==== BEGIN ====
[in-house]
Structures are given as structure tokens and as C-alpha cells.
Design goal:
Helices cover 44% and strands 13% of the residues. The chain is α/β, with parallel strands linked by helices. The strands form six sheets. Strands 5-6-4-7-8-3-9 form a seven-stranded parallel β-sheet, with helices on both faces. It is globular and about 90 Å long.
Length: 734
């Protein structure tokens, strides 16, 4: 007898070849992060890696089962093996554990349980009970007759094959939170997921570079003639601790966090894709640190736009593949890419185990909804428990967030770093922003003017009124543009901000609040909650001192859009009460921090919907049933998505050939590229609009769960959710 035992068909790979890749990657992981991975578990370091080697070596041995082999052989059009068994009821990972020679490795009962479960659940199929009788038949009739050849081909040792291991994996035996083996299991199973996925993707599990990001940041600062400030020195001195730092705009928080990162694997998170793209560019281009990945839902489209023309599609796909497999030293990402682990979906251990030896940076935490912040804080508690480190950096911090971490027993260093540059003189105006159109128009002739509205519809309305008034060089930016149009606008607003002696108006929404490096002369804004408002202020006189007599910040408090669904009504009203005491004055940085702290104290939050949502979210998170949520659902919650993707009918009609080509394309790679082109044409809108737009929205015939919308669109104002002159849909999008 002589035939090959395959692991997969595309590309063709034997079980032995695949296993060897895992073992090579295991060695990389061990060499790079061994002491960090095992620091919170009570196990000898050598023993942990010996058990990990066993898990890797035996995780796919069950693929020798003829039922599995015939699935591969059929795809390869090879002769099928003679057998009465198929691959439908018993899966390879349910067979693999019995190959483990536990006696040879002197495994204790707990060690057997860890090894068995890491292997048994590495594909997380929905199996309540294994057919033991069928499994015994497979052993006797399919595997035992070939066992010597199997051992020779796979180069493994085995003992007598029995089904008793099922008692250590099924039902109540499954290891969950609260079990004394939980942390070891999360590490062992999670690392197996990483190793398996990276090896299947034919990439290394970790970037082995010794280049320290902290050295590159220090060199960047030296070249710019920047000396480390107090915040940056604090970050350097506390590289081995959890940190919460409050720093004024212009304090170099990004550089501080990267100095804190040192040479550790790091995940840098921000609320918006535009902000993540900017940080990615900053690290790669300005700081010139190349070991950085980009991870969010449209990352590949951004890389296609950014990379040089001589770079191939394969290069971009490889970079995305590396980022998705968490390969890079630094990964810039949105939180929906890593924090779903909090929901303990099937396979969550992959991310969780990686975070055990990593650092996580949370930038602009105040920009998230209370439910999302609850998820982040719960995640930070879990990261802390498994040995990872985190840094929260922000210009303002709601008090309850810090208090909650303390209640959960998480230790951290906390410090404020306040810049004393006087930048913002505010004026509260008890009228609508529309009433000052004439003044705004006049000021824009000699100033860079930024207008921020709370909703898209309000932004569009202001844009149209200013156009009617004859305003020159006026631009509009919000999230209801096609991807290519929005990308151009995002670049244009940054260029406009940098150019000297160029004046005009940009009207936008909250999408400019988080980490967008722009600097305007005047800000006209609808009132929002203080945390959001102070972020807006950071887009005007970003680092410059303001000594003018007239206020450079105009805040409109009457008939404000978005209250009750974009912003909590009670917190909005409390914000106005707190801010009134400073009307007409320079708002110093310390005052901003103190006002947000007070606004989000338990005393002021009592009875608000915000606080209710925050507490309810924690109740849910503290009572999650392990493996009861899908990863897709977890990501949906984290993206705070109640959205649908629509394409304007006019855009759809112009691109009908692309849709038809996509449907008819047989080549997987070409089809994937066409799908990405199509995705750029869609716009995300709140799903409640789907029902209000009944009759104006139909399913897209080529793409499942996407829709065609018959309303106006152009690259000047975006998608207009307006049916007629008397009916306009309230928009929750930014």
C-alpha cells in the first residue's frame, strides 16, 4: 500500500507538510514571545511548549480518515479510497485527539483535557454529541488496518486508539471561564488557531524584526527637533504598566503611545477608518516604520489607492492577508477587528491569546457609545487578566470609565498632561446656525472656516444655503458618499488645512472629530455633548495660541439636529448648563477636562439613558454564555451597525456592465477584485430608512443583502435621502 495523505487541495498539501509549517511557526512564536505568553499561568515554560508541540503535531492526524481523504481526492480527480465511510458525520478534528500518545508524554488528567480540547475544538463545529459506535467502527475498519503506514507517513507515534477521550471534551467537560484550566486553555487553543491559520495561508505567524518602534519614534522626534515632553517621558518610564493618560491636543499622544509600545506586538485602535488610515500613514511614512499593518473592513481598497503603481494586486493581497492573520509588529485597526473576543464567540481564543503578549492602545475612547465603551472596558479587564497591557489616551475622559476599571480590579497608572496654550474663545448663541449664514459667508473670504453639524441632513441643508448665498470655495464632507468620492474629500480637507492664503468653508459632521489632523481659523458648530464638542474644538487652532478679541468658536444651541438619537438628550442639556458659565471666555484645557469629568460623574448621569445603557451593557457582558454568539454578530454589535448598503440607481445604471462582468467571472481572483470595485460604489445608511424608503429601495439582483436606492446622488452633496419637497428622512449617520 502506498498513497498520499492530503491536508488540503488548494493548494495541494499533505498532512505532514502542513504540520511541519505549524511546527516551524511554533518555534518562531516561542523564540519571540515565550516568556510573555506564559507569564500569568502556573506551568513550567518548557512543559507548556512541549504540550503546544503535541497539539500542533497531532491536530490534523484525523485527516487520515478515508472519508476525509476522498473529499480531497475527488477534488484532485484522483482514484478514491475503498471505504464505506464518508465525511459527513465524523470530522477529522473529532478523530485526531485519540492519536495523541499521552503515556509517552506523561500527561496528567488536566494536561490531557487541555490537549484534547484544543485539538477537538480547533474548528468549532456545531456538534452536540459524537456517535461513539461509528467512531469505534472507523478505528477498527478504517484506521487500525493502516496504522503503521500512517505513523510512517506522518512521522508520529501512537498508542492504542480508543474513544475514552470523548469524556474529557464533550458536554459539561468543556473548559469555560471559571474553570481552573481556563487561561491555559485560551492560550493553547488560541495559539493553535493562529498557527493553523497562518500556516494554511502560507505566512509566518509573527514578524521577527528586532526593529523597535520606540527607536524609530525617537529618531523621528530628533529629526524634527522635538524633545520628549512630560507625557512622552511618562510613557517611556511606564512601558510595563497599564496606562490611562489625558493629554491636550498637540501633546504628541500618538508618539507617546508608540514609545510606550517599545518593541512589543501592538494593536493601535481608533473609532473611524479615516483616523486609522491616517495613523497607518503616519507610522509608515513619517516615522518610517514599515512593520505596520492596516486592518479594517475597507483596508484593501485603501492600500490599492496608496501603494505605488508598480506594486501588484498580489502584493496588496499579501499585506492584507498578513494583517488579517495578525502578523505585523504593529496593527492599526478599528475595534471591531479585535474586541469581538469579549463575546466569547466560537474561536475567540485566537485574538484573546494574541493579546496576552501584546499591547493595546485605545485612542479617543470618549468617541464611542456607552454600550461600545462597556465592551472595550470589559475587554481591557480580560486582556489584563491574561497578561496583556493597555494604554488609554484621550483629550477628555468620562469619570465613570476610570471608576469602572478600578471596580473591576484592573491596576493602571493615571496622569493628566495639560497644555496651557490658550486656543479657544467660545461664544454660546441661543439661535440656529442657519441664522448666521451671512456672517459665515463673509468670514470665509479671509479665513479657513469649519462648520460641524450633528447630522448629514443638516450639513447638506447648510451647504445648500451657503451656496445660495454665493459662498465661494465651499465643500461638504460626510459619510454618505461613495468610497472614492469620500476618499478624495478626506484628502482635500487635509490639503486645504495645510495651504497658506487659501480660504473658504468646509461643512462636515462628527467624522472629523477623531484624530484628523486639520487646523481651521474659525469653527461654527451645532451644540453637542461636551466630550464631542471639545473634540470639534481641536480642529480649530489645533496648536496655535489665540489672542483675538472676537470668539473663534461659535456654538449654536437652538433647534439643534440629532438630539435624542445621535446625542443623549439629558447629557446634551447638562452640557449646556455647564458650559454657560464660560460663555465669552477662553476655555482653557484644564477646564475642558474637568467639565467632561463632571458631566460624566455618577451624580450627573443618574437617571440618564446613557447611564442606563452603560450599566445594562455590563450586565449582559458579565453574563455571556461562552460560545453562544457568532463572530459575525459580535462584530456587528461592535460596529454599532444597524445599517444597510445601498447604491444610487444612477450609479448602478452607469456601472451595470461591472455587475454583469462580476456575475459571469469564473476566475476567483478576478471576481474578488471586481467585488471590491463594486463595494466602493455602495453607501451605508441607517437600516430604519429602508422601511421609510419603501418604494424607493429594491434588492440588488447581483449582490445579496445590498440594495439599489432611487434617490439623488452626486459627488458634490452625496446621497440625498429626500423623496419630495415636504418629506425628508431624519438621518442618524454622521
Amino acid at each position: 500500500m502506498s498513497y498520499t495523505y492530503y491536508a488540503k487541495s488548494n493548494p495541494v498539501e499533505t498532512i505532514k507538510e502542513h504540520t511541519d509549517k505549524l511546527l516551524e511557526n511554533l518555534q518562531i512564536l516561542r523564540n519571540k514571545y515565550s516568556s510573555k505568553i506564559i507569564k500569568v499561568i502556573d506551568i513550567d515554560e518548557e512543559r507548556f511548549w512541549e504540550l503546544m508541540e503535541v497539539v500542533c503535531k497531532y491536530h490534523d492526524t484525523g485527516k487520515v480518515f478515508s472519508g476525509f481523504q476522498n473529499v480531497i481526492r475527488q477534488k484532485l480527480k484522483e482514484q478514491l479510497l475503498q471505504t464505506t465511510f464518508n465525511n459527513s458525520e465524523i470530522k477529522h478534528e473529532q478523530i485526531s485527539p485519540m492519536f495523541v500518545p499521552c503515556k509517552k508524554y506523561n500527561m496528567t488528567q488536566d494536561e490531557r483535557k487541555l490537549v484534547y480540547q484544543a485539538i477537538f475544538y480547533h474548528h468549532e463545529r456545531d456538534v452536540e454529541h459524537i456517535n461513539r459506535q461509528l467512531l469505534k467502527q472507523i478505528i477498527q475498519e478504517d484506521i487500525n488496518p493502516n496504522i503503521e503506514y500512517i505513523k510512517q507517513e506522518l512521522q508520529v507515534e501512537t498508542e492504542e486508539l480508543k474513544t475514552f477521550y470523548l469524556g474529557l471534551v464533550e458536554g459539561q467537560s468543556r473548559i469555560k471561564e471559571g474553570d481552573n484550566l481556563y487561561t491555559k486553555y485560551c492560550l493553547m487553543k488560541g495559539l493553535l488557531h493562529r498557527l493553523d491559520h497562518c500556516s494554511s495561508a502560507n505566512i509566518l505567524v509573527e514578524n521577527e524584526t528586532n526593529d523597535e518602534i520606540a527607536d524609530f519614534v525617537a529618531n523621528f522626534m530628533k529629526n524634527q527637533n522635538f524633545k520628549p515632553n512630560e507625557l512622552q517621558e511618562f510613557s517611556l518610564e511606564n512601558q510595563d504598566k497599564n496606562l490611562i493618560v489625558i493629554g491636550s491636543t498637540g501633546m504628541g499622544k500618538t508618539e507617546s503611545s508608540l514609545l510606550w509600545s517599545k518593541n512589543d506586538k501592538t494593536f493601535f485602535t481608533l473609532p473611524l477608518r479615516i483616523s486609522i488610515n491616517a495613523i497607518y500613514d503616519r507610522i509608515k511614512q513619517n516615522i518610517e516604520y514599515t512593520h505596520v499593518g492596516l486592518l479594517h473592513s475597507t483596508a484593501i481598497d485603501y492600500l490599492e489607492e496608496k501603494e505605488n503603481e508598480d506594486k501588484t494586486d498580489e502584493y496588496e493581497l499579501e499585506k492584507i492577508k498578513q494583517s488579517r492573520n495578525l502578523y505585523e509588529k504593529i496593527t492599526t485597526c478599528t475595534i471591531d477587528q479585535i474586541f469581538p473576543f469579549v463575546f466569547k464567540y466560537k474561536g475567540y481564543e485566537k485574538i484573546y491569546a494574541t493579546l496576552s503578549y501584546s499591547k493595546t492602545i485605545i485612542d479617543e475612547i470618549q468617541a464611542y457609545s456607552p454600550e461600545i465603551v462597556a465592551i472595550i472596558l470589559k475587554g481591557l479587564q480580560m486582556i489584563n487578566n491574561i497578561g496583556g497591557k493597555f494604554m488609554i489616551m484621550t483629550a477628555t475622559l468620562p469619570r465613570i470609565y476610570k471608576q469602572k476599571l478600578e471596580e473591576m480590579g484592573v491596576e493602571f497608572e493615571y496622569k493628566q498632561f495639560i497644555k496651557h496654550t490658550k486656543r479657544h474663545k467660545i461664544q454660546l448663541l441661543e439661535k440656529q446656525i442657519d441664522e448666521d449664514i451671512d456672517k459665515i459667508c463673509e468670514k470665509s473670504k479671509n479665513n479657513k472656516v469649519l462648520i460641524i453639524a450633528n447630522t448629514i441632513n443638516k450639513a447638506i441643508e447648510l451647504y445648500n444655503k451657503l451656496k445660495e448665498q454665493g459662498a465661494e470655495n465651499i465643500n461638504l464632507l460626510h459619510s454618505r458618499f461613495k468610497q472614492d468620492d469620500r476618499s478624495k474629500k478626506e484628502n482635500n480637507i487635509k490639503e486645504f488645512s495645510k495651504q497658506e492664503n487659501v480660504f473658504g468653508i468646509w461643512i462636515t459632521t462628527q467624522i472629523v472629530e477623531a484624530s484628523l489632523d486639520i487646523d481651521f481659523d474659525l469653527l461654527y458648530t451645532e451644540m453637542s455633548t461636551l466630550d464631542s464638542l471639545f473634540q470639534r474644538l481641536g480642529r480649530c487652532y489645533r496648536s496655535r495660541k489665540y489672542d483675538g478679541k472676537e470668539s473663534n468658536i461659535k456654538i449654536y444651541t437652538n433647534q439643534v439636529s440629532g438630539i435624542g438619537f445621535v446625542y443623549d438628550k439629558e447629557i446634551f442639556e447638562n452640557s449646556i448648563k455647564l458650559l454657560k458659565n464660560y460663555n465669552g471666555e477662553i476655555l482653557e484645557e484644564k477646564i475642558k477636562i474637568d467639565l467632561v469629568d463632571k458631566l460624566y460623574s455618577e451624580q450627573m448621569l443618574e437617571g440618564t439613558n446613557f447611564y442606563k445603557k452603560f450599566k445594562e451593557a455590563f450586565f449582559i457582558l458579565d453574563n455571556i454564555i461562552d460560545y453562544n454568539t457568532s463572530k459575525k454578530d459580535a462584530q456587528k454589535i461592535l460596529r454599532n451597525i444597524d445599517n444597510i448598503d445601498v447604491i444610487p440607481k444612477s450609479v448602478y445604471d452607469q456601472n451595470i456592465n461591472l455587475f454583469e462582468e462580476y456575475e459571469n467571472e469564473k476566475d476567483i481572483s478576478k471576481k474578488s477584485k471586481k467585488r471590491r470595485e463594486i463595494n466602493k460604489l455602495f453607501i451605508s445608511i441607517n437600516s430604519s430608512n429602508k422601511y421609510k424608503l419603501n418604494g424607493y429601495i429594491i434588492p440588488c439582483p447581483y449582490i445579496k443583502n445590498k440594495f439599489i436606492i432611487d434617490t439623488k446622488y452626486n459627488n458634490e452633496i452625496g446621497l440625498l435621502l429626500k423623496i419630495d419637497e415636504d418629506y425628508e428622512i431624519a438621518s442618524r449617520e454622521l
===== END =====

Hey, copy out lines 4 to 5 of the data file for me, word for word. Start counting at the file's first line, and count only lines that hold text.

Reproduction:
Helices cover 44% and strands 13% of the residues. The chain is α/β, with parallel strands linked by helices. The strands form six sheets. Strands 5-6-4-7-8-3-9 form a seven-stranded parallel β-sheet, with helices on both faces. It is globular and about 90 Å long.
Length: 734